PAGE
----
However, he further went on to explain that what he did do with any of his extra money was to pay off his 14.5% interest rate mortgage taken out in the early 80’s. This definitely was a wise decision, and I do believe that for people that opened up mortgage accounts in the 1980’s, it would have been a better use of your money to pay off your loan, due to high interest rates.

On the other hand, for people that didn’t have a mortgage, it would reason that it would have been a great idea to lock in a 30 year T-bond at a cushy 13.45%, knowing the historical trends.

What Can We Learn From This?

In my opinion, there are some powerful takeaways that we can learn from this analysis. I’ve tried to concisely summarize these below:

  • Keep history in mind and don’t doubt it.
    • Since 1888, the average inflation rate has only been 2.68% and the average nominal (before inflation) has been 9.72%. Period. End of story. 
  • Compare current fixed income interest rates to the interest rates on your debt accounts.
    • For example, let’s say that I am a 30 year old that has locked in a 30 year fixed rate mortgage at the current national average of 4.62%. 
    • However, in the year 2015, the world economy goes haywire and inflation goes up to 10%, but the rate on 30 year T-bonds goes up to 13%. 
    • Since you have locked in a lower rate mortgage, I feel that it would be beneficial for you to invest a substantial amount of money in a fixed rate bond. 
  • Remember to invest using tax-deferred/favored accounts.
    • My Dad’s concerns about the effect of paying taxes on CD investments in the 1980’s is very prudent. However, according to eHow.com, fixed rate investments (CDs and T-bonds) can be housed in IRA accounts. This takes care of the tax worry! Hurray!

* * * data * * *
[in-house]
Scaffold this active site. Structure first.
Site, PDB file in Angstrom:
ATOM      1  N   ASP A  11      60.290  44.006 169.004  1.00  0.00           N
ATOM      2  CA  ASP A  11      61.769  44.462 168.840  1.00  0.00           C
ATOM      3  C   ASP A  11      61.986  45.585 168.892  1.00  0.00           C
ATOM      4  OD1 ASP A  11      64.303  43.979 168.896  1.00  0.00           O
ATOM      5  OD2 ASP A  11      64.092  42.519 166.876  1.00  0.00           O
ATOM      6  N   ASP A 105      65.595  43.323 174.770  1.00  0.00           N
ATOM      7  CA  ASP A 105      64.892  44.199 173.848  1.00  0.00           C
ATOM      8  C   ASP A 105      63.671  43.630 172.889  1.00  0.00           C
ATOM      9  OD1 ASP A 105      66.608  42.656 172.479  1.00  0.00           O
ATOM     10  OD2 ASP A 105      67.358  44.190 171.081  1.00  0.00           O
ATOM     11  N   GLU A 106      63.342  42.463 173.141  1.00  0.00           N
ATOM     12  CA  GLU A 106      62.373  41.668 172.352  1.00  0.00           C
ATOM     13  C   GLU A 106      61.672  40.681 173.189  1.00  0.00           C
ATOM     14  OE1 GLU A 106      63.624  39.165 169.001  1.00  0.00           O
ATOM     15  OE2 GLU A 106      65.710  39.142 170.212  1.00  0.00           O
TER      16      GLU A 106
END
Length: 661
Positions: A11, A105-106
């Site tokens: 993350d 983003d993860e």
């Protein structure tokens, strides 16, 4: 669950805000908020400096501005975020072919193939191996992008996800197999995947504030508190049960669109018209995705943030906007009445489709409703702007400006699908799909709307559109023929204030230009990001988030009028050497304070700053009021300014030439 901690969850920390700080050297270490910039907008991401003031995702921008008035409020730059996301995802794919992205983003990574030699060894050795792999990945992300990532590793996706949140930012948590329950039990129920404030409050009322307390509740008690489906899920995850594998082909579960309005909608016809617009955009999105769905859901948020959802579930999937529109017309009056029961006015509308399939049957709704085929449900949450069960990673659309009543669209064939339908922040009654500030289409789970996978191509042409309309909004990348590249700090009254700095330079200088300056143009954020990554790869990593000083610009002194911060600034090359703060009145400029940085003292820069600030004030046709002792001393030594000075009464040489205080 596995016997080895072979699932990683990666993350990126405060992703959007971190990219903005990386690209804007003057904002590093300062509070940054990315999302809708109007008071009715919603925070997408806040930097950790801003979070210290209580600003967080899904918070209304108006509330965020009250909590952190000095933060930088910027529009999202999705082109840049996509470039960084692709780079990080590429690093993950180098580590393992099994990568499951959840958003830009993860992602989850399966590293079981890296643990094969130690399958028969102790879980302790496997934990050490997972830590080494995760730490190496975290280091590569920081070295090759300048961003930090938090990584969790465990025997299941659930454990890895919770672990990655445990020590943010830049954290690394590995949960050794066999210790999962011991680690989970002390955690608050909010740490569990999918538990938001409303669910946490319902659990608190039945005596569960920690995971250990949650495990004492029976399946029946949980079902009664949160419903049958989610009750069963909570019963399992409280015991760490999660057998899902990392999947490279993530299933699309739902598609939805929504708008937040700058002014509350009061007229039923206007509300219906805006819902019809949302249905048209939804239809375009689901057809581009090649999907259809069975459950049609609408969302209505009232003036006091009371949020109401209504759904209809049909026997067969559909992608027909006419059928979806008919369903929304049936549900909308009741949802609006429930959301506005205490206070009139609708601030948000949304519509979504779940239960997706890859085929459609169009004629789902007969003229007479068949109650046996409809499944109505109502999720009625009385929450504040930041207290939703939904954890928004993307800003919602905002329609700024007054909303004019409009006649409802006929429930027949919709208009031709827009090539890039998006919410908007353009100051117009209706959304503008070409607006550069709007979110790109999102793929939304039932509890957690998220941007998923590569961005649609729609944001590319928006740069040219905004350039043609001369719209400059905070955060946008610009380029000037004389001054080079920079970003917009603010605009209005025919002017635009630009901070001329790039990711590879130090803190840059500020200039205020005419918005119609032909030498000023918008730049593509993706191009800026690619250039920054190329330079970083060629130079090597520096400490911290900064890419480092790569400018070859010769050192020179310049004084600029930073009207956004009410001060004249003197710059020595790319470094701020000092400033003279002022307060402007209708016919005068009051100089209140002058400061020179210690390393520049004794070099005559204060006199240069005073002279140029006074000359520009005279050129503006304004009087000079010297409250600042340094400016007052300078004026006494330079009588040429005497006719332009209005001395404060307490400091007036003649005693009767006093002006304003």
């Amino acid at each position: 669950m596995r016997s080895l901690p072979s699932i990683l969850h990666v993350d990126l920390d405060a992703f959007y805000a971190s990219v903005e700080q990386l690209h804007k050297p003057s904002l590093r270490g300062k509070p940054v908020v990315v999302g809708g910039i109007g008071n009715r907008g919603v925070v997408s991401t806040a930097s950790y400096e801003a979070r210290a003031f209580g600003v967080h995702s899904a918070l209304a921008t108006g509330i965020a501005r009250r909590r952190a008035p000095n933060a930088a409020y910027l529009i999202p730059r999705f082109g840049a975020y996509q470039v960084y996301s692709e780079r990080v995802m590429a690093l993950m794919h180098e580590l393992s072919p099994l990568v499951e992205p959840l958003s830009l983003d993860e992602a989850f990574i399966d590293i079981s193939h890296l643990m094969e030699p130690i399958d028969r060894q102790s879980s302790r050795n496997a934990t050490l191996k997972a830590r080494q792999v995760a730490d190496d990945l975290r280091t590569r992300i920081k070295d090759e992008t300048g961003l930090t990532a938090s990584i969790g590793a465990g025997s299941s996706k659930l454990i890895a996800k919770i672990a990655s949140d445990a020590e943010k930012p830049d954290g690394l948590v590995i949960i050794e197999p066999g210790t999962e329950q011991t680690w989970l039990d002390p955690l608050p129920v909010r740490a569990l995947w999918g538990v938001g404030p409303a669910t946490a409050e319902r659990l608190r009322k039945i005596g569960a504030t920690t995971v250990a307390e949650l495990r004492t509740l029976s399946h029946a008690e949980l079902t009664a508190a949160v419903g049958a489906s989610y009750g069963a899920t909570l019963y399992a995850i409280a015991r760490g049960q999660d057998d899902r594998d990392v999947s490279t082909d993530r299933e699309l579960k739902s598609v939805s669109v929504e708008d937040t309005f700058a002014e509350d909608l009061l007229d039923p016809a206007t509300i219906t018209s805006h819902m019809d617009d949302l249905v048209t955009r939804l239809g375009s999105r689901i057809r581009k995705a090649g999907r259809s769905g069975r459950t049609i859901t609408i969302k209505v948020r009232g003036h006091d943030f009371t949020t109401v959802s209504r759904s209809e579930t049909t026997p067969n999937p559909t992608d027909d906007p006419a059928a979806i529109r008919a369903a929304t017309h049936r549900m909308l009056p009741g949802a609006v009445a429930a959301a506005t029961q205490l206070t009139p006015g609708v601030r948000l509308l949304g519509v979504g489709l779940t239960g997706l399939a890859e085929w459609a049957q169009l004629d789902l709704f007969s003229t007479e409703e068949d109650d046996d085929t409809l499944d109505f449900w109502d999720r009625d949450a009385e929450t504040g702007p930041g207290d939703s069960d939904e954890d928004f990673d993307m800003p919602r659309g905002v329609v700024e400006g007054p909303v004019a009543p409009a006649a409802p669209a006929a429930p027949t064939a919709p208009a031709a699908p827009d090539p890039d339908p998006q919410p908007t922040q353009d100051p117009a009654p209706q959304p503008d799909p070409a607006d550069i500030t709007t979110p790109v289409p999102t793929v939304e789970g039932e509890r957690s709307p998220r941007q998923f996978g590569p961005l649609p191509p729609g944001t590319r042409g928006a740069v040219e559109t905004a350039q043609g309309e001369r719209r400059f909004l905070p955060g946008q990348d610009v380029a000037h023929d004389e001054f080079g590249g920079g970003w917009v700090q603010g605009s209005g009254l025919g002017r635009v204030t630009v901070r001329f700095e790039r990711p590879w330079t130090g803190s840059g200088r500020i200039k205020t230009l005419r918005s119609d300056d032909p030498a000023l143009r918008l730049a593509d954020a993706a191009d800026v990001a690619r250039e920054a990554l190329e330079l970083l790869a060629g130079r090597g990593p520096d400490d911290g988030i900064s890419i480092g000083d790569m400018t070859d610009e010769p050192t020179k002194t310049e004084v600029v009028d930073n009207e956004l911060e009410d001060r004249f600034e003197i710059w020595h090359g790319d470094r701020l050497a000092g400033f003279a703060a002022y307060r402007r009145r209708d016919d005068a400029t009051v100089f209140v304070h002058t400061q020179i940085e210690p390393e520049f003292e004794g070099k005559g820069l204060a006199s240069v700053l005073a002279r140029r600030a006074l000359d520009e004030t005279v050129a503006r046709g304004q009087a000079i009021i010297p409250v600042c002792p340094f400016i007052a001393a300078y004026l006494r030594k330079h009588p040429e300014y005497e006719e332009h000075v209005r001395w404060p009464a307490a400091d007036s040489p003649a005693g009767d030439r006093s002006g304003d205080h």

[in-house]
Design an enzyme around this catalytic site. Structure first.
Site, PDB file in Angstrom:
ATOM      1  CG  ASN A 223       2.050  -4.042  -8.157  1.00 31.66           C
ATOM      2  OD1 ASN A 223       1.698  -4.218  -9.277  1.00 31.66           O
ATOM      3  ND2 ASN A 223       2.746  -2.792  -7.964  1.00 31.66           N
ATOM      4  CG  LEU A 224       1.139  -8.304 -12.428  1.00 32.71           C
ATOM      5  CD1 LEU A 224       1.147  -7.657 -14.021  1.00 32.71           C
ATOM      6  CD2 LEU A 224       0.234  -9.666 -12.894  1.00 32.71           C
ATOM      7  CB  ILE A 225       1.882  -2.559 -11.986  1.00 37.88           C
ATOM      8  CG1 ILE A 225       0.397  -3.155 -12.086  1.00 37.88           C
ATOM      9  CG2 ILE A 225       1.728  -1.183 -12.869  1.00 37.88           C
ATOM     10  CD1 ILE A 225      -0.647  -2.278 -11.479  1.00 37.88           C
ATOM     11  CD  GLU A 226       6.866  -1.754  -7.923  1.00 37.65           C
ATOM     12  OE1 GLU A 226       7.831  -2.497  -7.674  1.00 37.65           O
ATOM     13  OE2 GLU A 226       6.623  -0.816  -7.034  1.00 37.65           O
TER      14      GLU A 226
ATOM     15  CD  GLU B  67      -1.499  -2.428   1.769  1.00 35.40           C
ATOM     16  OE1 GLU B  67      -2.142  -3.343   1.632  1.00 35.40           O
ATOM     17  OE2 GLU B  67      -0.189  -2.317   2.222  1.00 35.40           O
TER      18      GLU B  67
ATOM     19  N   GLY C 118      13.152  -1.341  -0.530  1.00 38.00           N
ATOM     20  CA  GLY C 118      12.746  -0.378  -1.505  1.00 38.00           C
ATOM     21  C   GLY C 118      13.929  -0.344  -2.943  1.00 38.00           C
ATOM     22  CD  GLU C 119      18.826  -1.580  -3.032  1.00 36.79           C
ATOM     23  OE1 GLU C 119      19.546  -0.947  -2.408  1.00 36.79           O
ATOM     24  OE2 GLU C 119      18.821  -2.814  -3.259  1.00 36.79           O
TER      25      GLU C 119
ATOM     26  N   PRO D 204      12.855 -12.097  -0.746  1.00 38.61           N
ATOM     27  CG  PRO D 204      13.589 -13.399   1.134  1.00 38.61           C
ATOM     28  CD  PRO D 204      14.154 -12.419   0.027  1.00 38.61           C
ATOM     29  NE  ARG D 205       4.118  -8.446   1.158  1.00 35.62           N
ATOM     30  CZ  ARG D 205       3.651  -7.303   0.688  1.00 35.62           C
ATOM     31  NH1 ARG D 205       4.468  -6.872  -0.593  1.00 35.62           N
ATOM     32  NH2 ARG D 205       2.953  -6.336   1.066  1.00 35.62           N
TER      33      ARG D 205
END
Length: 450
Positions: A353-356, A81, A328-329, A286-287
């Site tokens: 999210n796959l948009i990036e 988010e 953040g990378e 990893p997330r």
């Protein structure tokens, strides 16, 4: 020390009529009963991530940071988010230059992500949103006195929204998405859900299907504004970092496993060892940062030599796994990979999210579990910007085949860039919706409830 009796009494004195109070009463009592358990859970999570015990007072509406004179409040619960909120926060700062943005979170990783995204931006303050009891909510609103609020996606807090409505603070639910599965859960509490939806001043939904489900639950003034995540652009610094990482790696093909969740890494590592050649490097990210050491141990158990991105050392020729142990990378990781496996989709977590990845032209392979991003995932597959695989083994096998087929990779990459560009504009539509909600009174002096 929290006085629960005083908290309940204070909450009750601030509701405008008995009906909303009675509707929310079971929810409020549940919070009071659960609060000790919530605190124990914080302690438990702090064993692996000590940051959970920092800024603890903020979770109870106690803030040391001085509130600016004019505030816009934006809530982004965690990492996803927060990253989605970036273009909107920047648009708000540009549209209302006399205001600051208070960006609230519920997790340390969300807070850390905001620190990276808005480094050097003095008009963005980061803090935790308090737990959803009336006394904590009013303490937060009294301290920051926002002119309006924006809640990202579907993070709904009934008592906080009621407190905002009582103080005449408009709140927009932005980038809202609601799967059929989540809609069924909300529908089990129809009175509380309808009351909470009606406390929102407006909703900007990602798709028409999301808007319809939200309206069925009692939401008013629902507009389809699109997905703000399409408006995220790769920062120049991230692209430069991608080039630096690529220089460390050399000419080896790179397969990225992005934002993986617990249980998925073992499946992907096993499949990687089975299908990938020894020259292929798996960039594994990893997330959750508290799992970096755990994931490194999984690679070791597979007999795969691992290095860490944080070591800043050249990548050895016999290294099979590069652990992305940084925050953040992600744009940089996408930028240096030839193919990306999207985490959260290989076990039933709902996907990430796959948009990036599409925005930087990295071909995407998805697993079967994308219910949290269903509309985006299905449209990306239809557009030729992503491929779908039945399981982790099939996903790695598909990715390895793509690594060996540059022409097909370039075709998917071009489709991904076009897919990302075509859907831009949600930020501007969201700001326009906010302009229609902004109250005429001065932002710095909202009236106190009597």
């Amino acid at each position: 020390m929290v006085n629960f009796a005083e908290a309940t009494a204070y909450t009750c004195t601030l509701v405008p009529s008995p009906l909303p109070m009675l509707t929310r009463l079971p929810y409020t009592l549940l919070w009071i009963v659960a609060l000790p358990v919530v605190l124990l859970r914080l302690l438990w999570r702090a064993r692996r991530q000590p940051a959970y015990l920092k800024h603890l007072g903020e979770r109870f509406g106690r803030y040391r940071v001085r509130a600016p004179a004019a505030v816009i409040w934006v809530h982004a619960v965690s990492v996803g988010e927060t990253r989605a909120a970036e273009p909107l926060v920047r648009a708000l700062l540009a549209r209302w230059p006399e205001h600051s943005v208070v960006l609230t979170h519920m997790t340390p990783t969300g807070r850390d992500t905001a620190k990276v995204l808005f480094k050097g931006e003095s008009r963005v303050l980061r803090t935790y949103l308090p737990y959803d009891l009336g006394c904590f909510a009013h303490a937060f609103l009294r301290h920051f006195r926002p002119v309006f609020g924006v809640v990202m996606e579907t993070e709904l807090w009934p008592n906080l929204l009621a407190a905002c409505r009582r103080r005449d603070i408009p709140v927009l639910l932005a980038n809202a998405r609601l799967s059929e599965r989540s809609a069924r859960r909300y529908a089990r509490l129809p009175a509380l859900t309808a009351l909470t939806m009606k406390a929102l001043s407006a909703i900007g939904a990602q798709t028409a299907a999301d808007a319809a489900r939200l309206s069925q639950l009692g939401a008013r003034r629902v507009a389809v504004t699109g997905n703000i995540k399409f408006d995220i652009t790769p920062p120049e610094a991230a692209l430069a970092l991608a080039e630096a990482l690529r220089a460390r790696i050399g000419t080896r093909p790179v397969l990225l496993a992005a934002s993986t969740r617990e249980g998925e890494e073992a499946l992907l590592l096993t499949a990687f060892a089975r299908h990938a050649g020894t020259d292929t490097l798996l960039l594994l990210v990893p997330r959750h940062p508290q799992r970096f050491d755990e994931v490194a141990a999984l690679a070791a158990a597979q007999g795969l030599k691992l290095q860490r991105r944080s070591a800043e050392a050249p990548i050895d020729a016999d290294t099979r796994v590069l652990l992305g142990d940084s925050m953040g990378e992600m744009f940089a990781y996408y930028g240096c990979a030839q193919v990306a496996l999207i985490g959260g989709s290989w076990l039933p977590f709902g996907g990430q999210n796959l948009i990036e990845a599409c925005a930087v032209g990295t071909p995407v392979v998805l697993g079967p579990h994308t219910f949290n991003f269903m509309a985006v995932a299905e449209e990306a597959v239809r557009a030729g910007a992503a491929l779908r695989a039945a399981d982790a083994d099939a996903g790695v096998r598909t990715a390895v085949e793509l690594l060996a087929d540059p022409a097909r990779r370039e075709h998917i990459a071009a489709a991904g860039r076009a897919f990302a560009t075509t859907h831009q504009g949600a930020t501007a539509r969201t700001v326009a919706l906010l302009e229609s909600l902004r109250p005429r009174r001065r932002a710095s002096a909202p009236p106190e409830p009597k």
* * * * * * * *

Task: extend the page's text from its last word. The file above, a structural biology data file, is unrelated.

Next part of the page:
How about you all? Did you lock in a high fixed rate investment during the 1980’s? If so, what type and what interest rate did you get? If not, what kept you from doing so? 

Share your experiences by commenting below!


  1. My Mother had some Treasury bills at that rate. Unfortunately, she did not take it for thirty years. If the rates ever reach that again, we have bigger problems!

    • @ Krantcents – Nice! Yeah I do imagine if rates are that high we would be in for some trouble!
      My recent post Does The Market Perform Better When Democrats or Republicans Are President – An Update On Recent Results

  2. We have been spoiled over the past 15 years by extremely low interest rates. And during the early years of 2000 we also had incredibly easy financing. Those two combinations might not be seen again.
    My recent post Do Not Lose Money When Saving For Retirement Use a Roth IRA

    • Thanks for reading Steve! So you don't think that the interest rates for short term savings accounts will ever get back a higher level, even 5%?! My cash reserves are hurting from the lack of return recently!
      My recent post Does The Market Perform Better When Democrats or Republicans Are President – An Update On Recent Results